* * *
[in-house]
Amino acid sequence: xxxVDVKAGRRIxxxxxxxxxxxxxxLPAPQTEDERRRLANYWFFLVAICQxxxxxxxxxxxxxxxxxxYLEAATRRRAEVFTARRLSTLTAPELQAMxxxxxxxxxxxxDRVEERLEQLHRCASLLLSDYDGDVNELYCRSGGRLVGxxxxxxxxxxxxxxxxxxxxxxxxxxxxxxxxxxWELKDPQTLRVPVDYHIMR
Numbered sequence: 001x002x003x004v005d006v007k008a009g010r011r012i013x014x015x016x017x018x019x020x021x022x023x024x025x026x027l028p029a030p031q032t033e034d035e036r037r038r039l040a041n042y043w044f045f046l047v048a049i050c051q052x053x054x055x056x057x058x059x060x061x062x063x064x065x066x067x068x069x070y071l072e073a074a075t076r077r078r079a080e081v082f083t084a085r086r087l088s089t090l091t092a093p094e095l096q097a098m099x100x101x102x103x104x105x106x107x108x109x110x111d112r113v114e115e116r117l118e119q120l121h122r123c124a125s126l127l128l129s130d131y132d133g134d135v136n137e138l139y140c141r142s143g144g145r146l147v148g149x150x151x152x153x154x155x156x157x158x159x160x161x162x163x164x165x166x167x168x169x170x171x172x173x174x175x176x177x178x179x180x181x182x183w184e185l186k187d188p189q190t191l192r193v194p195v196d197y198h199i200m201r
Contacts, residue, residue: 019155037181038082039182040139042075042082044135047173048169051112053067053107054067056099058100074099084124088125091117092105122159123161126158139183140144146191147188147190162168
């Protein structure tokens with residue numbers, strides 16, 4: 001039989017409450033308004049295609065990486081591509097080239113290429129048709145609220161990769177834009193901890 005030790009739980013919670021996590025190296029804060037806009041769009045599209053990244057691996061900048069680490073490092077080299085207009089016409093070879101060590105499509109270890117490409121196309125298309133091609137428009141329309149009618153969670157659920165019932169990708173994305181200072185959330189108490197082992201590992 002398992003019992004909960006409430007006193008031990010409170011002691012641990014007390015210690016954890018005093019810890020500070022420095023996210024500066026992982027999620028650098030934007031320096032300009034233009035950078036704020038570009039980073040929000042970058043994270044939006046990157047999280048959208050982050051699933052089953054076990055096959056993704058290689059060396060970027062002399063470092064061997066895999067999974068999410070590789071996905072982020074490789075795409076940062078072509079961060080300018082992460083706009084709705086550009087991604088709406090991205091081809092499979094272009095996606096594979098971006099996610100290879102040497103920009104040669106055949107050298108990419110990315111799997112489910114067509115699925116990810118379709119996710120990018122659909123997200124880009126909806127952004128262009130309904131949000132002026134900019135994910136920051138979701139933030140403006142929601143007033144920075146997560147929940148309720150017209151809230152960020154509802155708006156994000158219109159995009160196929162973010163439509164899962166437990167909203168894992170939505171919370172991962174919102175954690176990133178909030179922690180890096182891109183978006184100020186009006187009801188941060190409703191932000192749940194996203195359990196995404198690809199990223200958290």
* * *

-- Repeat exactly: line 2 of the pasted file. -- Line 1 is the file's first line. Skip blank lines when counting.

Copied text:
Amino acid sequence: xxxVDVKAGRRIxxxxxxxxxxxxxxLPAPQTEDERRRLANYWFFLVAICQxxxxxxxxxxxxxxxxxxYLEAATRRRAEVFTARRLSTLTAPELQAMxxxxxxxxxxxxDRVEERLEQLHRCASLLLSDYDGDVNELYCRSGGRLVGxxxxxxxxxxxxxxxxxxxxxxxxxxxxxxxxxxWELKDPQTLRVPVDYHIMR